Shrinking glaciers, rising global temperatures, increasingly severe storms, and alarming scientific predictions have led to increasing public concern about the impacts of global warming on the environment, health and society. But while the Bush administration and federal policymakers continue to resist efforts to reduce global warming pollution, many states are taking dramatic, effective actions to address the threat – including the adoption of the “Clean Cars Program” which sets limits on global warming pollution from cars, light trucks and SUVs.
The 10 states that have adopted the Clean Cars Program will cut global warming pollution from cars, light trucks and SUVs by 64 million metric tons per year in 2020, while saving consumers money and reducing the nation’s reliance on oil.
The reduction in global warming pollution that will result from the new standards is significant on a global scale, equivalent to the national annual emissions from all but 47 of the world’s countries. Put another way, by 2020 the Clean Cars Program will eliminate as much carbon dioxide annually as is produced by 17 coal-fired power plants generating enough power for more than 6 million homes.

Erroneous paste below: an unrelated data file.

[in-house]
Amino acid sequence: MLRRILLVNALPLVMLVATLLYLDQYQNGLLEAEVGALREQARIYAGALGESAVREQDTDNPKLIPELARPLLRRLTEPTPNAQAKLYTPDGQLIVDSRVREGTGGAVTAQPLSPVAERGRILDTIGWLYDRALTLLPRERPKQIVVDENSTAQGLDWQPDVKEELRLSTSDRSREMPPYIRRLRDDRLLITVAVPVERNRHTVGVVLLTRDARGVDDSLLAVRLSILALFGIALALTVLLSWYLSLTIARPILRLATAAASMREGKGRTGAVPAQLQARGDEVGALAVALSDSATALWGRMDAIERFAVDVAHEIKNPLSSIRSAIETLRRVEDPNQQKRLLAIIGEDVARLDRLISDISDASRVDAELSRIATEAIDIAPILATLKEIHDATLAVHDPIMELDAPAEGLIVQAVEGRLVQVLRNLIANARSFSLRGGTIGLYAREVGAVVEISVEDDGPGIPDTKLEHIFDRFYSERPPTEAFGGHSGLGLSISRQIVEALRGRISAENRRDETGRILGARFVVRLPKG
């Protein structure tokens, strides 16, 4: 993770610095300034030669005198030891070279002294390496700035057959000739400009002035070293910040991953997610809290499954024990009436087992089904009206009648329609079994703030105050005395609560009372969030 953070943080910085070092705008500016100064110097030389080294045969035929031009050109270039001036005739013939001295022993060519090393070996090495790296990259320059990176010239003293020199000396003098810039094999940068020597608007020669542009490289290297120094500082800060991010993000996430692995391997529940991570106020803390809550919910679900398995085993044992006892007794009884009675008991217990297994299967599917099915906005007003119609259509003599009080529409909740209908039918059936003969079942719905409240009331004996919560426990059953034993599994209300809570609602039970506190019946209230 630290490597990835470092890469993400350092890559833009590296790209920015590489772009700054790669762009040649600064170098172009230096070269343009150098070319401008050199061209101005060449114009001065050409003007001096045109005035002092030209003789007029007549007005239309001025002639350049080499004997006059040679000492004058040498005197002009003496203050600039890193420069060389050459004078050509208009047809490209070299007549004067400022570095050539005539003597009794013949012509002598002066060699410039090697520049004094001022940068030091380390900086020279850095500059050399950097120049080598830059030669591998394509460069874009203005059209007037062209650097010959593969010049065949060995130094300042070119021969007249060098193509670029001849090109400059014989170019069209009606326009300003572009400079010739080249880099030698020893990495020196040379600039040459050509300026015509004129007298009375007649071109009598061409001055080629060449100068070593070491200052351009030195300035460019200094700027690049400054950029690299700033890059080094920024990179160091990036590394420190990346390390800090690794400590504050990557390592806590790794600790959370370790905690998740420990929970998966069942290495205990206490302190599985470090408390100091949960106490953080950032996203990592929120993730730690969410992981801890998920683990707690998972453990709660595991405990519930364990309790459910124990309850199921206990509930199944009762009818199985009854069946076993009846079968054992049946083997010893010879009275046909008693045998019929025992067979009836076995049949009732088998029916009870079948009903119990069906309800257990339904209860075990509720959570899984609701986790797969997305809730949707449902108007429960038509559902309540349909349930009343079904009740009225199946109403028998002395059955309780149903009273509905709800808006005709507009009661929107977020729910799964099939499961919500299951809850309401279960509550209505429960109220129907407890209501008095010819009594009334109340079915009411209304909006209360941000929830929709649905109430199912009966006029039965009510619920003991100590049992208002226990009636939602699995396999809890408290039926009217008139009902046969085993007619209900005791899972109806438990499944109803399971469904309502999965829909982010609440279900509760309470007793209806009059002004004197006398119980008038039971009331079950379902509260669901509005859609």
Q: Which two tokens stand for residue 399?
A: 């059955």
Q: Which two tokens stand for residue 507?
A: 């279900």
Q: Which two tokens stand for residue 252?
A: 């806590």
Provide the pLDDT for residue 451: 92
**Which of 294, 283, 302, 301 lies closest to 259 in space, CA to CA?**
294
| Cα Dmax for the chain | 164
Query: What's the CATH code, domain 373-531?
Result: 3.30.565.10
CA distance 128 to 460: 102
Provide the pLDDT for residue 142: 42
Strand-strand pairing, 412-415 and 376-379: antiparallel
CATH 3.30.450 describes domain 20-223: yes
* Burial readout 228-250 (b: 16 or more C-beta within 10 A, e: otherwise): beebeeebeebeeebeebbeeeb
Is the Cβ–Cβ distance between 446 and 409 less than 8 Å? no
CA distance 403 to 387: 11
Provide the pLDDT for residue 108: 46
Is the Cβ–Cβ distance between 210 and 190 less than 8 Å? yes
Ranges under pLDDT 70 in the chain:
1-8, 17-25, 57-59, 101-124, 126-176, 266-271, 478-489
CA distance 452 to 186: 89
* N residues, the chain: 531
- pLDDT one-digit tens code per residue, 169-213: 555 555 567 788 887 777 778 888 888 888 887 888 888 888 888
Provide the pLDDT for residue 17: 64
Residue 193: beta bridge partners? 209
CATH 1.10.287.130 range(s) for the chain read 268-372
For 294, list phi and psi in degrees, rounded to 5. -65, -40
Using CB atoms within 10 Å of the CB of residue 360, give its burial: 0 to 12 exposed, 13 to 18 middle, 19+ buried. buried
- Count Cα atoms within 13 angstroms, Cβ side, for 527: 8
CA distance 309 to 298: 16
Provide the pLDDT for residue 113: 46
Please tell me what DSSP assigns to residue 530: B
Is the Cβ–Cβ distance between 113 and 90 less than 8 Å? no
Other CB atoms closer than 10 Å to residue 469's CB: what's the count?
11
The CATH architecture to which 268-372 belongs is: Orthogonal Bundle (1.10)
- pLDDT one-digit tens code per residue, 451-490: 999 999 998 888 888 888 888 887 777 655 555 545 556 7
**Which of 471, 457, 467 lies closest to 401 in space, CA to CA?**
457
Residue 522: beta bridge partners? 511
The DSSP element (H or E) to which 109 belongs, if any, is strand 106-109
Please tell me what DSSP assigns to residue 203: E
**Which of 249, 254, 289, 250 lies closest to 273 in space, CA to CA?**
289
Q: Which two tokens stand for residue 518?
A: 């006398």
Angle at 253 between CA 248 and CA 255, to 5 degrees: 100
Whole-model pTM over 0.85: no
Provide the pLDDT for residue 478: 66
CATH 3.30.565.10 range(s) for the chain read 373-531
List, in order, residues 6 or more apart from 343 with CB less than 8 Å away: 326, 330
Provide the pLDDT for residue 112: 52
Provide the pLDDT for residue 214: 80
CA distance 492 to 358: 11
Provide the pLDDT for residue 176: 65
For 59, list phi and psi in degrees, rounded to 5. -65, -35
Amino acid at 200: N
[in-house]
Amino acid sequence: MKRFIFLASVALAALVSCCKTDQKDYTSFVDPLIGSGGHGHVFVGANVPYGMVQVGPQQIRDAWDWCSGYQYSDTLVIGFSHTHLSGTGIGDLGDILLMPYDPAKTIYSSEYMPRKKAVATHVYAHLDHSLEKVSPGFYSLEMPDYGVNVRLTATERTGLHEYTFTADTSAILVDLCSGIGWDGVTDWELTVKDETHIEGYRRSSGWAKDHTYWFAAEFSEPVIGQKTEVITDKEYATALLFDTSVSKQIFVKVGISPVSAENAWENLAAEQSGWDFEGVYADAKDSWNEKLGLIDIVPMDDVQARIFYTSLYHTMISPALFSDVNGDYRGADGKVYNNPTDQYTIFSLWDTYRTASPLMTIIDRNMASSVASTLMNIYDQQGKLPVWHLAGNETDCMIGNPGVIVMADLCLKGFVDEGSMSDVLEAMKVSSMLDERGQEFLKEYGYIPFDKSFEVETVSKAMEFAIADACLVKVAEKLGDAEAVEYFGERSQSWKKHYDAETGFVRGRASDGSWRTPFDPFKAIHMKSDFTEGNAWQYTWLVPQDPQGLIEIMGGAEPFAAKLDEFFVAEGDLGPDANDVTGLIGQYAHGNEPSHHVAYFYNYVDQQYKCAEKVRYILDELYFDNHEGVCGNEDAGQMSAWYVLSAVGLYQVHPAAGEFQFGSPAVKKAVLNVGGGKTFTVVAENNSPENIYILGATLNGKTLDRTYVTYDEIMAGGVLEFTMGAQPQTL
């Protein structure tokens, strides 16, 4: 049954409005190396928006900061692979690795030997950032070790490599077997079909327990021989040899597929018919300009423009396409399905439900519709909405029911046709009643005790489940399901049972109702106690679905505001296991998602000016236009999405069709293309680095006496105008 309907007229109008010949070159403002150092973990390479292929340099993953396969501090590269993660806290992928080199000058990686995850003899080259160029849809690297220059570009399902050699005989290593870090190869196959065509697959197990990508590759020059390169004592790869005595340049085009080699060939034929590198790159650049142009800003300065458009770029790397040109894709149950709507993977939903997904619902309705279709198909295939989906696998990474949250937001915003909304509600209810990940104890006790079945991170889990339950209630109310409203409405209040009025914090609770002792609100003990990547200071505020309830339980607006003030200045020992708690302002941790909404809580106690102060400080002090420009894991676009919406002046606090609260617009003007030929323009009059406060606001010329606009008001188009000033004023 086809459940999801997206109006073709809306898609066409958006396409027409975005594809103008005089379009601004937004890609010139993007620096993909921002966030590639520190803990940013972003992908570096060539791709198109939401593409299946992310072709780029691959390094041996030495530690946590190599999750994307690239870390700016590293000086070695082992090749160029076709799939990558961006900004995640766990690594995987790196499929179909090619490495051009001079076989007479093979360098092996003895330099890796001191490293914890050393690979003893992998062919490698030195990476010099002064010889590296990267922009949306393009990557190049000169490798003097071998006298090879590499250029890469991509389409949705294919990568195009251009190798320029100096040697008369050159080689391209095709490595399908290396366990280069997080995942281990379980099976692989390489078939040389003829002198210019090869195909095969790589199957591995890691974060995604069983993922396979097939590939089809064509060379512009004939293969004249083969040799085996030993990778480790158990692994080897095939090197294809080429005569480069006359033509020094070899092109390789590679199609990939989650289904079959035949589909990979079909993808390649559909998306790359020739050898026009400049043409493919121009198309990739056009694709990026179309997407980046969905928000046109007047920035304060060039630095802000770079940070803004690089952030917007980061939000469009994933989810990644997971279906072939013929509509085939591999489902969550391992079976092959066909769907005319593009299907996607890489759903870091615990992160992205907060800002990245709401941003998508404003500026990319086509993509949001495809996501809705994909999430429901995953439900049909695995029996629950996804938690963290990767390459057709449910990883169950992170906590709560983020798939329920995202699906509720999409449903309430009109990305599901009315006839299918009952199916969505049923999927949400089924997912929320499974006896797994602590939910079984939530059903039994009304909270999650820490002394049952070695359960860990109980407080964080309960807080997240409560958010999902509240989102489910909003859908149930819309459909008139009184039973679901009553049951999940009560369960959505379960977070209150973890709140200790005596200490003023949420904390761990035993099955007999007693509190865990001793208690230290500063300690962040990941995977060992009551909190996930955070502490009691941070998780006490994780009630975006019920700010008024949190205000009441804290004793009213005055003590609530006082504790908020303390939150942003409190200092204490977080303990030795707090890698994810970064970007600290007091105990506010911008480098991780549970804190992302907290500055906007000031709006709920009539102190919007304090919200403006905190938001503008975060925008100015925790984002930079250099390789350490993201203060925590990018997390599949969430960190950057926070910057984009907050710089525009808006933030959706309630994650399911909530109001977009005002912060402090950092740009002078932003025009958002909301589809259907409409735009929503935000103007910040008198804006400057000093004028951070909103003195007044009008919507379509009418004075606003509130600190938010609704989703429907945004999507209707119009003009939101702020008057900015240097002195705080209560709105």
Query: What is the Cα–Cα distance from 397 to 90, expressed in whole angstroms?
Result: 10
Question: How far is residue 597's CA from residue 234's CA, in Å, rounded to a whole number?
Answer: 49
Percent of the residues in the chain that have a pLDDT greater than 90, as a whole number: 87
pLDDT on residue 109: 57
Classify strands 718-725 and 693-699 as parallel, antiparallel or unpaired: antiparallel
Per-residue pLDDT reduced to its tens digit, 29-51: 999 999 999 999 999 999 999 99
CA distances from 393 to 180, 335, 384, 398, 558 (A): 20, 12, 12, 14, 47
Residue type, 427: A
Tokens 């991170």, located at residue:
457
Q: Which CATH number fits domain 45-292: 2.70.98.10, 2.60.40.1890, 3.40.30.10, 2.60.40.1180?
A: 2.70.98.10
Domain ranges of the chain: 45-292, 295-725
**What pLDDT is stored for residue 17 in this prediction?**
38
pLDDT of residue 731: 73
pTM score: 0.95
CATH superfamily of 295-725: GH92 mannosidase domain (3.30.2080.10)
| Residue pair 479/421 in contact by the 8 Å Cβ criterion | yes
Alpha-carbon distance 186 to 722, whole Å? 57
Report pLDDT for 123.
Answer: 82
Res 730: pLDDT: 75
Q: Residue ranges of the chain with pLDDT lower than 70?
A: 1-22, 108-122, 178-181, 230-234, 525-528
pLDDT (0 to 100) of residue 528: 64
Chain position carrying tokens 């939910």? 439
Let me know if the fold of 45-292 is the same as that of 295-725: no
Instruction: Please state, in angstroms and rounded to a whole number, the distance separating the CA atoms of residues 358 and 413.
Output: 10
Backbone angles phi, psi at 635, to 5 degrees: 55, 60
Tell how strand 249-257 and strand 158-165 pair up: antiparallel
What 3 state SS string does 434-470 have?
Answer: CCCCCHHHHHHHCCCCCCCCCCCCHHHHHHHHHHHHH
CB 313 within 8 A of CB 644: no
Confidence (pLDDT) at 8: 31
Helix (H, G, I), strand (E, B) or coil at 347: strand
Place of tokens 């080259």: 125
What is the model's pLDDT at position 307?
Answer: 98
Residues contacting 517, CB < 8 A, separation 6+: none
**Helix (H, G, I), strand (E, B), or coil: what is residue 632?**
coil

At the same time, the standards could reduce gasoline consumption by as much as 7.2 billion gallons per year in 2020 – nearly as much as is consumed by all the vehicles in Florida in a year – and save consumers up to $16.7 billion annually at the pump in 2020.
Associate Director and Senior Policy Analyst, Frontier Group
Elizabeth Ridlington is associate director and senior policy analyst with Frontier Group. She focuses primarily on global warming, toxics, health care and clean vehicles, and has written dozens of reports on these and other subjects. Elizabeth graduated with honors from Harvard with a degree in government. She joined Frontier Group in 2002. She lives in Northern California with her husband and son.